The Experience Curve Theory and its Application in the Field of Electricity Generation Technologies

A literature review

  • News 18.10.2017

The experience curve theory assumes that technology costs decline as experience of a technology is gained through production and use. Sascha Samadi's (Wuppertal Institute, Research Group Future Energy and Mobility Structures) article reviews the literature on the experience curve theory and its empirical evidence in the field of electricity generation technologies. Differences in the characteristics of experience curves found in the literature are systematically presented and the limitations of the experience curve theory as well as its use in energy models are discussed. Results show that for some electricity generation technologies, especially small-scale modular technologies, there has been a remarkably strong (negative) relationship between experience and cost for several decades. Conversely, for other technologies, especially large-scale and highly complex technologies, the experience curve does not appear to be a useful tool for explaining cost changes over time. Samadi suggests that when analysing past cost developments and projecting future cost developments, researcher should be aware that factors other than experience may have significant influence.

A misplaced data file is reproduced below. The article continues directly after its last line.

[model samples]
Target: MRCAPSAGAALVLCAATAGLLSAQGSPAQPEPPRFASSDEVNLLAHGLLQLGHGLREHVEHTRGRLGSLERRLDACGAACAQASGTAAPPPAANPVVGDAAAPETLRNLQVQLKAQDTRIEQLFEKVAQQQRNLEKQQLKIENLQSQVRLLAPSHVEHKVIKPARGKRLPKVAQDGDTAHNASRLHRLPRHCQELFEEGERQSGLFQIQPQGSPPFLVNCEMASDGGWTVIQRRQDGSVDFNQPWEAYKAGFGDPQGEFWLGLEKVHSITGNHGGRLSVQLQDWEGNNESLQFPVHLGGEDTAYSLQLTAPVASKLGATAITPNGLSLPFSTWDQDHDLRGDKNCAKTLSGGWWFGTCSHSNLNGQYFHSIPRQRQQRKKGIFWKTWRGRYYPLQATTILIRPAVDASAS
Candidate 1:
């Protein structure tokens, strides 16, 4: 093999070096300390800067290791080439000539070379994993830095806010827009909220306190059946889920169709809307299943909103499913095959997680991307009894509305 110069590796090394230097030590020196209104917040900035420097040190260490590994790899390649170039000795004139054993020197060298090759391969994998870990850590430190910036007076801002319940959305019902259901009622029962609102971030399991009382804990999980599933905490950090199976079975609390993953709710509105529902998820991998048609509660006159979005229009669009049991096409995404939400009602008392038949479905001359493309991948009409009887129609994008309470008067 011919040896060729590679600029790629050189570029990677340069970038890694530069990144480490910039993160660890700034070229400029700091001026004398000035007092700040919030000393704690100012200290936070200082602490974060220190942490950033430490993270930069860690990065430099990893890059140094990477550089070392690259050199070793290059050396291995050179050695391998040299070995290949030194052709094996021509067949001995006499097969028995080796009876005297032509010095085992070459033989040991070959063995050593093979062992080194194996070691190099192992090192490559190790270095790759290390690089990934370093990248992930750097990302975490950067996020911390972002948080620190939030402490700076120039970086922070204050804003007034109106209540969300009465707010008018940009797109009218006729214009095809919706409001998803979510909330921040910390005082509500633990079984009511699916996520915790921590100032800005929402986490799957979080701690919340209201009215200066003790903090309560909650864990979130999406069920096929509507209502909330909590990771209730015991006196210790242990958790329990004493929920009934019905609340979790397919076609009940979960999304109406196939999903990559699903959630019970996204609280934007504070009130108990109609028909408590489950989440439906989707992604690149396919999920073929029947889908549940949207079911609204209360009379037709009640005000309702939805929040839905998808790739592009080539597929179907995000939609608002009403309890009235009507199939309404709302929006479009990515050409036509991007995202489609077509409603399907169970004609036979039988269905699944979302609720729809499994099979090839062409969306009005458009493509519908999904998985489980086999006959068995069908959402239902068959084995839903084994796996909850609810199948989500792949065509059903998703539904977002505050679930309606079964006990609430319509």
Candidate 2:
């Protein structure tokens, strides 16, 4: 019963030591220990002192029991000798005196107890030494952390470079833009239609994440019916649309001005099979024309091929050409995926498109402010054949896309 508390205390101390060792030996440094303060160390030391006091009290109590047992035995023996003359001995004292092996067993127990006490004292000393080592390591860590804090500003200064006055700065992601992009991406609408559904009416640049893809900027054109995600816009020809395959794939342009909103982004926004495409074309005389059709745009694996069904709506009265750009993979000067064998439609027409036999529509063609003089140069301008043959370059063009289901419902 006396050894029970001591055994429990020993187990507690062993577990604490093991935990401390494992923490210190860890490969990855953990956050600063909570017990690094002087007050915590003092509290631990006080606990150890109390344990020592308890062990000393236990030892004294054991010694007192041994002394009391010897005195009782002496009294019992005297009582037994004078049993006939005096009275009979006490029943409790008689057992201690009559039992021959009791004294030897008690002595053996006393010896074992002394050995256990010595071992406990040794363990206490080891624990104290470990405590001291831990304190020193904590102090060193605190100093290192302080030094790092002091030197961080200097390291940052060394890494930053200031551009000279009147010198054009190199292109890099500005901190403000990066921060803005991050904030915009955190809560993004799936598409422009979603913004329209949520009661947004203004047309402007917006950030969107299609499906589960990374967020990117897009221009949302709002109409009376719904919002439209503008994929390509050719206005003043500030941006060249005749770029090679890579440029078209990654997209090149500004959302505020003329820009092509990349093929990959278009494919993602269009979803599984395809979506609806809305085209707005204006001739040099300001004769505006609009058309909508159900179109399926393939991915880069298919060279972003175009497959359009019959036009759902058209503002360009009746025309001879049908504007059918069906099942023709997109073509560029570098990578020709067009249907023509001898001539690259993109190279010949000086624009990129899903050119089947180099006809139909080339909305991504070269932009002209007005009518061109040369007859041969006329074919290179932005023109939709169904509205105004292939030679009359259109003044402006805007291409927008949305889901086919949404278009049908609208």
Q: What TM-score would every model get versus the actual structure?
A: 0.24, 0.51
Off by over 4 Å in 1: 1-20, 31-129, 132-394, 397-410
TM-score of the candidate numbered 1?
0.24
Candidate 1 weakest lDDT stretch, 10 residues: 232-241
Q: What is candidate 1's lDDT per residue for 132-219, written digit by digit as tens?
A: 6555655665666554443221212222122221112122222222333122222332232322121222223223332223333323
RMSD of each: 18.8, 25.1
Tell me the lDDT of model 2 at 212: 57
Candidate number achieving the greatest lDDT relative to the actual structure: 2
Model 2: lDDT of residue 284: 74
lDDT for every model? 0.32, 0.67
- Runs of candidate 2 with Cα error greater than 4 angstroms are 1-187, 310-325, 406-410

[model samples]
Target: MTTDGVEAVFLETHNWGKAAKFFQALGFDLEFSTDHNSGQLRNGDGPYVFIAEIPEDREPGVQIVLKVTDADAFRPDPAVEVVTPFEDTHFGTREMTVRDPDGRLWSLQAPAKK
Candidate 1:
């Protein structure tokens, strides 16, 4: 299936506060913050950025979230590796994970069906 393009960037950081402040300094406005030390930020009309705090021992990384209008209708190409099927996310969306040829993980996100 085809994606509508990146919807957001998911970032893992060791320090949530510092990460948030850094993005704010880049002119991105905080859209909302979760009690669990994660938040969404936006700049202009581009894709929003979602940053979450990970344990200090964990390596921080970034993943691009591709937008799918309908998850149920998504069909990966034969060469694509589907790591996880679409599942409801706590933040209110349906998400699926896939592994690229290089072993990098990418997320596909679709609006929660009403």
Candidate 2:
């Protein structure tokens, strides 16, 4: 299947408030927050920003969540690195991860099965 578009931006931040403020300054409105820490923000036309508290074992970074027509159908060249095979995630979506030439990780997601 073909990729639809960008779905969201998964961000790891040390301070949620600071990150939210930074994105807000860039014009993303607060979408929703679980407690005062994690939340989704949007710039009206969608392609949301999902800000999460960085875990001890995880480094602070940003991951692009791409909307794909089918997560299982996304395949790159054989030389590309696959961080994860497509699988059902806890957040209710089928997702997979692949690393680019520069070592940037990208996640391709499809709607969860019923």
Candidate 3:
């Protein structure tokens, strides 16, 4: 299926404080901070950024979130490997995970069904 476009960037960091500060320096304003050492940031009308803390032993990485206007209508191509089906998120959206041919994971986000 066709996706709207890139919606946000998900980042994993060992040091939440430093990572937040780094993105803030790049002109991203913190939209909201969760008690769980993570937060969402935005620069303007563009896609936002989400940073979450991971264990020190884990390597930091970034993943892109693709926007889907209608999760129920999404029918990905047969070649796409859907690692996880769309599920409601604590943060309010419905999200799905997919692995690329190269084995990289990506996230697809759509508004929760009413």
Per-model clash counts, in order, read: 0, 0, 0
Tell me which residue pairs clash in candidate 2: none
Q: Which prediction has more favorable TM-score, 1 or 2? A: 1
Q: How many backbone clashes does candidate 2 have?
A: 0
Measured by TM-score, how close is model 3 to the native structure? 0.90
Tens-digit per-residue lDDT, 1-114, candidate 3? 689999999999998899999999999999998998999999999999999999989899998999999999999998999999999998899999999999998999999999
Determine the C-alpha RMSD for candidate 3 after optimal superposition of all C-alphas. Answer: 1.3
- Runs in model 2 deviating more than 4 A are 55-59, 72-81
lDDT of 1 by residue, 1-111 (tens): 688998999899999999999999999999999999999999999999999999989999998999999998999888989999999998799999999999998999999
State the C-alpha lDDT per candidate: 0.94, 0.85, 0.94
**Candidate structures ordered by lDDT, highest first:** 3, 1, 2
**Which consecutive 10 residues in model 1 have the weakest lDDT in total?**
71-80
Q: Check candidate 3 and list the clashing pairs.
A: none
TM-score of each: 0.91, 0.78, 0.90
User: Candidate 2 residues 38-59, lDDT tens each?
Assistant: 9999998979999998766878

The literature review "The experience curve theory and its application in the field of electricity generation technologies" by Sascha Samadi was published in Renewable and Sustainable Energy Reviews and is available online.

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